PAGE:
Australia’s dollar has tumbled 15 percent from its high last year and strategists forecast more pain ahead. For Goldman Sachs Group Inc., it’s the perfect time to develop Sydney as a hub for trading local-currency assets.
Australia’s stable AAA credit rating makes it a haven and encourages sovereign-wealth funds to allocate more money there, said Simon Rothery, the chief executive officer of Goldman Sachs’s operations in the country and neighboring New Zealand. The New York-based firm moved its Australian credit derivatives business from Hong Kong to Sydney last month after bringing over bond and swaps trading last year, Rothery said.
“The Aussie dollar is an ever more important part of sovereign-wealth funds, central banks and global accounts,” Rothery said in a Feb. 27 interview in Sydney. “Everybody wants to play the China story, but you can’t get exposure directly so people gain access through Australia.”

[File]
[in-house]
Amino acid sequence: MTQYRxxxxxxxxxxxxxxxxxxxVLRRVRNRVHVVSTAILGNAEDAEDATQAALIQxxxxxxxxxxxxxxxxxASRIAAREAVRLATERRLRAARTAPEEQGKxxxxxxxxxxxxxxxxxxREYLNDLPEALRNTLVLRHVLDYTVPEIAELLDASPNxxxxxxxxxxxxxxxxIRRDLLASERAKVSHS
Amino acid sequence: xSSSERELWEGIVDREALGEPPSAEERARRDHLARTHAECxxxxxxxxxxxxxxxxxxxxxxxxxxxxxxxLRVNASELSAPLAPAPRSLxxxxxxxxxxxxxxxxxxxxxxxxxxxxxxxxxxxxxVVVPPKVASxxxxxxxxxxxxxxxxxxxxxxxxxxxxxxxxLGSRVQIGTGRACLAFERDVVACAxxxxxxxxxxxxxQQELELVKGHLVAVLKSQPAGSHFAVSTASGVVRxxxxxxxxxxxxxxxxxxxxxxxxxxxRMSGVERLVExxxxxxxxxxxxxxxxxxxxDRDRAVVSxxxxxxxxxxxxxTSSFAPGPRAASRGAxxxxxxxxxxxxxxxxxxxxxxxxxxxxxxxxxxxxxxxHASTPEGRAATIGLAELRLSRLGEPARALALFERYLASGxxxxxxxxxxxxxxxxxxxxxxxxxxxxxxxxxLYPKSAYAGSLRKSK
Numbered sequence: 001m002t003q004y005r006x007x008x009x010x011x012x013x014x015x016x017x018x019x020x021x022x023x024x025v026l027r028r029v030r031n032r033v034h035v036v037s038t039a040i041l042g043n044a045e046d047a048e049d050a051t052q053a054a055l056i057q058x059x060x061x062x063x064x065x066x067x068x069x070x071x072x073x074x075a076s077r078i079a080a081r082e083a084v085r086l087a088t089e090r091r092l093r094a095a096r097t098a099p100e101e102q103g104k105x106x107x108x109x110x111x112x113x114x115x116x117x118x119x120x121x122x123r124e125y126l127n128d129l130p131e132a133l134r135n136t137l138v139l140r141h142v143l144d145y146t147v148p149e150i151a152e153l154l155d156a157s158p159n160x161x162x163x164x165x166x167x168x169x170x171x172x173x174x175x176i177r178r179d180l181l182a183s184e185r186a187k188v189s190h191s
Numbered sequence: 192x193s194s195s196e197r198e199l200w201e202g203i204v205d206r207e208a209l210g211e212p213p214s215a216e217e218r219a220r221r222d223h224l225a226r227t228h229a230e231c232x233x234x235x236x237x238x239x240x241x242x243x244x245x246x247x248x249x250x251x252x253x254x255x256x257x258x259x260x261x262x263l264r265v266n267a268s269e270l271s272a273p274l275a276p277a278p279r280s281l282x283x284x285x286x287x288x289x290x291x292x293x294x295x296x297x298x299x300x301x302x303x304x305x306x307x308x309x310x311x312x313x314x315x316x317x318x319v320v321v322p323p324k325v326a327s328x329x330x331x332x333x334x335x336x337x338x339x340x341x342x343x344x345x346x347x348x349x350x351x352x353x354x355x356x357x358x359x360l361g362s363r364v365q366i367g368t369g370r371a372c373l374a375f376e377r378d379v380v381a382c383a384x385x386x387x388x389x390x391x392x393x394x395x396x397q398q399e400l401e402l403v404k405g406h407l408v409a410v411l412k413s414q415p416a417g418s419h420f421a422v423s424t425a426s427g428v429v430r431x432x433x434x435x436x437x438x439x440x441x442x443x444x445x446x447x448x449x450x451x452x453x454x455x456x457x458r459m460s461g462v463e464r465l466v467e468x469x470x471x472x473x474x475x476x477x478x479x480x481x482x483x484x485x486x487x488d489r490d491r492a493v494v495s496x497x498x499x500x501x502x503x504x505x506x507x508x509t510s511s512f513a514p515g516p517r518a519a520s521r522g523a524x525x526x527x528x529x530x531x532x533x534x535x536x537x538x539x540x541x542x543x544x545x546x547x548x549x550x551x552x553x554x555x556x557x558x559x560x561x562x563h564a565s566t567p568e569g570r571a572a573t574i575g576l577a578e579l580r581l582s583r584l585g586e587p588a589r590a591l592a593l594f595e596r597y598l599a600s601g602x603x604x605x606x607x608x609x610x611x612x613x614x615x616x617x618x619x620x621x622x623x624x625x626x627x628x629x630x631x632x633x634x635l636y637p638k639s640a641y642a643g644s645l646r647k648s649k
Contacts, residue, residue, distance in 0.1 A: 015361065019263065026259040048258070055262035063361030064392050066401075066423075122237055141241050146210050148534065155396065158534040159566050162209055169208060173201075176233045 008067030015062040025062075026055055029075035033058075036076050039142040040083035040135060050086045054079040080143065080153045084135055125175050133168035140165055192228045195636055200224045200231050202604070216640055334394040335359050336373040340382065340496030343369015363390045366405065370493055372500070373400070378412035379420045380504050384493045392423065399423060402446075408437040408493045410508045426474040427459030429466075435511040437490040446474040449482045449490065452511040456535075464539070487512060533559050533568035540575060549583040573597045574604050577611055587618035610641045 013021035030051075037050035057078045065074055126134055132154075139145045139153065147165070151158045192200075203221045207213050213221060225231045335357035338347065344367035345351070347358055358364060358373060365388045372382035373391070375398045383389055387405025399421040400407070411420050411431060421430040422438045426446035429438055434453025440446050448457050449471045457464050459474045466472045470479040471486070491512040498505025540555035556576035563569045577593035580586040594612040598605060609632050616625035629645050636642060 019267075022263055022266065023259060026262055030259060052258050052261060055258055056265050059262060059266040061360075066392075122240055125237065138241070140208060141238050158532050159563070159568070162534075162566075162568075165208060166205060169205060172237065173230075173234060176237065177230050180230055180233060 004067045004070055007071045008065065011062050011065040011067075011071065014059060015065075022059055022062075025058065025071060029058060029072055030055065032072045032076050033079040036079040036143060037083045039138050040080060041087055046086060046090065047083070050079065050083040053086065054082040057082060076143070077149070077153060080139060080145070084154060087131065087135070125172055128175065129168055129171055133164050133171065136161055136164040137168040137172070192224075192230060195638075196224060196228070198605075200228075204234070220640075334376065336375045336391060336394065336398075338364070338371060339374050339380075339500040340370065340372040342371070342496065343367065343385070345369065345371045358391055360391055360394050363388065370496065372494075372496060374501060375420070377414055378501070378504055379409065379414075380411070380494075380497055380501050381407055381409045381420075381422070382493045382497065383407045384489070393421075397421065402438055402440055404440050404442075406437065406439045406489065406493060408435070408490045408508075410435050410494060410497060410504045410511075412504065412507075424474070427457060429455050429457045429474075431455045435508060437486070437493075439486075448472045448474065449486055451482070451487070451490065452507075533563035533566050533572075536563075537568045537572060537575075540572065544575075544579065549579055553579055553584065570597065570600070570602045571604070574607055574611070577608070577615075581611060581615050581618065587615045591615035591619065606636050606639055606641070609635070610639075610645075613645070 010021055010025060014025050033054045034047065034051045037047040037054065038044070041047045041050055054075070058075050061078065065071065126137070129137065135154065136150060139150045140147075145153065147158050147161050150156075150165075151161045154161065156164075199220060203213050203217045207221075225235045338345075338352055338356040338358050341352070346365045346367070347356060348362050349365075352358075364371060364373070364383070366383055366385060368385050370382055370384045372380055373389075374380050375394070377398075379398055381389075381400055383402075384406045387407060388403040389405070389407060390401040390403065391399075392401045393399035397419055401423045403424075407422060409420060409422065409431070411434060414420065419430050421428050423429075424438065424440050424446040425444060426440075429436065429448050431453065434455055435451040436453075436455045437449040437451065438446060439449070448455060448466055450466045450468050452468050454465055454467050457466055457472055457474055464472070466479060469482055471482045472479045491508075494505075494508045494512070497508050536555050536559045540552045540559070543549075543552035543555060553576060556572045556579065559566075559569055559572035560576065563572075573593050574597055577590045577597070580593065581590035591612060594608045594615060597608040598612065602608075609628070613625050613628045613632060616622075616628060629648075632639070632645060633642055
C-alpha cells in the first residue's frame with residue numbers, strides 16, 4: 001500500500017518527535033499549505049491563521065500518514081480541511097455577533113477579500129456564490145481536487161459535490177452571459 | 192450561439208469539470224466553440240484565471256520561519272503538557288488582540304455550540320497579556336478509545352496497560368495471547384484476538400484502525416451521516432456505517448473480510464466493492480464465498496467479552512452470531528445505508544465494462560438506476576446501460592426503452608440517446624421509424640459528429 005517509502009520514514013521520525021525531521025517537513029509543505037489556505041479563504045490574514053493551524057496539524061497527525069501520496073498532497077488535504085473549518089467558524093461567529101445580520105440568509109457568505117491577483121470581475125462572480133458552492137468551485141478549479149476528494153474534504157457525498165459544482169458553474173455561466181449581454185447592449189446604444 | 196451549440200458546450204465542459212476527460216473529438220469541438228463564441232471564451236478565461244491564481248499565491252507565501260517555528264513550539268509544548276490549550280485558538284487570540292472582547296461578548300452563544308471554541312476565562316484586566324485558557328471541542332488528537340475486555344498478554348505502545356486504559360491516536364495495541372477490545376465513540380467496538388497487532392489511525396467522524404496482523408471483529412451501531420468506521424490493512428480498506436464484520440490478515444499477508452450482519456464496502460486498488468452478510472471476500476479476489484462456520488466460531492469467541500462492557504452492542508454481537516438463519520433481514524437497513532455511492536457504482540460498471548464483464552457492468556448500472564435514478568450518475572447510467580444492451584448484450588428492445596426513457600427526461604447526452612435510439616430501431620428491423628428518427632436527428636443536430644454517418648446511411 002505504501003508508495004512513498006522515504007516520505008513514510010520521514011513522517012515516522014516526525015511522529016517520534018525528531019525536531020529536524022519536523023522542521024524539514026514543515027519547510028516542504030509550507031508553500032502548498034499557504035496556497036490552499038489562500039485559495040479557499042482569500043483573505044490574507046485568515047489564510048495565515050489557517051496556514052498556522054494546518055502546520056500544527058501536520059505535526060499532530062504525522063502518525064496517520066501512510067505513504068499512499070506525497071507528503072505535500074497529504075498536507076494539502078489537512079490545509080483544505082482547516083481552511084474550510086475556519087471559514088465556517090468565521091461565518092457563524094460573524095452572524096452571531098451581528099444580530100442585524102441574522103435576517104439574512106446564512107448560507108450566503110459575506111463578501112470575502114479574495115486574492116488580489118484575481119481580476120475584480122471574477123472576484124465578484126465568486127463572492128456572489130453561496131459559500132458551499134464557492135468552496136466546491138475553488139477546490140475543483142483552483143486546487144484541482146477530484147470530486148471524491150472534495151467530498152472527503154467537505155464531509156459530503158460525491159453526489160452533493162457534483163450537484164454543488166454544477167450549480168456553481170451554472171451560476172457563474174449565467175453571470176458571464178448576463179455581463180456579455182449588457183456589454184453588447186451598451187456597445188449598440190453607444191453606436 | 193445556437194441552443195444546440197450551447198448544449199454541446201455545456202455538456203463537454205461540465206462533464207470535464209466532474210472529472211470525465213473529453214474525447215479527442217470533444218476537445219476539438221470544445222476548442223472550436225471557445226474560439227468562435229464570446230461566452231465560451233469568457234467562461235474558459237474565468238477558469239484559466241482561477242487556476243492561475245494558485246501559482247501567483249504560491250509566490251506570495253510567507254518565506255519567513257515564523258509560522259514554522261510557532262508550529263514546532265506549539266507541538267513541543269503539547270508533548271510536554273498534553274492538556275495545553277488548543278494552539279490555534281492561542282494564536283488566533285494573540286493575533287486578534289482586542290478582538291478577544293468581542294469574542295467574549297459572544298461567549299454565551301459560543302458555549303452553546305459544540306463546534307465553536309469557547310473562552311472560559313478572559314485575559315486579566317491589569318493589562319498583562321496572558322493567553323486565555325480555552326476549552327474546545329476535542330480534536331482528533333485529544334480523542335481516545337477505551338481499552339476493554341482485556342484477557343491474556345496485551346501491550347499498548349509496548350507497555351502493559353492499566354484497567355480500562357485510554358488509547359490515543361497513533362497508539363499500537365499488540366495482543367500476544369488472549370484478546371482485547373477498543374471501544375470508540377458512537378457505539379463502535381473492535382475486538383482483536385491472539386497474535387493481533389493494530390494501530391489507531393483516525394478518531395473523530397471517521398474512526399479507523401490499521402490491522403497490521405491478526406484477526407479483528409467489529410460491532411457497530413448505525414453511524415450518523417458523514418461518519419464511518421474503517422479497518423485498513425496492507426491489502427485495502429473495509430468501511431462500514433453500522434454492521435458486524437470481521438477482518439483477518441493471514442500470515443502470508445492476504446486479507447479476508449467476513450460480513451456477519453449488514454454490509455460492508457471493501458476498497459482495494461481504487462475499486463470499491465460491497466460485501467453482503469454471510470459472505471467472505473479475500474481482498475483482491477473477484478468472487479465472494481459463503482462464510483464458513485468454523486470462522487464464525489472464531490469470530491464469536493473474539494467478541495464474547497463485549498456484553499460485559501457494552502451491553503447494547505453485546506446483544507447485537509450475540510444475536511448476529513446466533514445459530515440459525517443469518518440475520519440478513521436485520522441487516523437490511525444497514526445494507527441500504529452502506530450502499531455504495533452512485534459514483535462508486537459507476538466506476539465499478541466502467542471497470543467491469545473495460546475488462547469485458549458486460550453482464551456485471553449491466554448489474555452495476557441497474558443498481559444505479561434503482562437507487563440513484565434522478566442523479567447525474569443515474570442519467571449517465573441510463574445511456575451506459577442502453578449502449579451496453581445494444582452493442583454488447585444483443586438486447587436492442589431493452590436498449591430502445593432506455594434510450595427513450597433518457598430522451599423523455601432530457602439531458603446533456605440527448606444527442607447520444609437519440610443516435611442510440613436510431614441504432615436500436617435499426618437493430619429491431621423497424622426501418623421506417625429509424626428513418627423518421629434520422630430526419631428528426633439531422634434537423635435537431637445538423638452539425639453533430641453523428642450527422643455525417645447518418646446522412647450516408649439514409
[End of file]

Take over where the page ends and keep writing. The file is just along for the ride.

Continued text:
In a sign of Australia’s rising prominence, the International Monetary Fund began breaking out central banks’ holdings of the local dollar at the end of 2012. Before that, it was lumped together in the organization’s “other currencies” category. Offshore investors boosted their holdings of the country’s government bonds -- the highest-yielding top-rated sovereign securities -- by A$28 billion ($25 billion) in 2013, to a record A$217.4 billion.
Goldman Sachs is in talks to hire about 10 people as it seeks to expand Australian businesses from trading to capital markets, Rothery said. Australian fixed-income trading is the firm’s biggest growth area, at a time when regulation is forcing some competitors to dial back.
Royal Bank of Scotland Group Plc and Lloyds Banking Group Plc are among firms that have pulled back from Australian debt markets after losses during the global credit crisis spurred increasing regulation.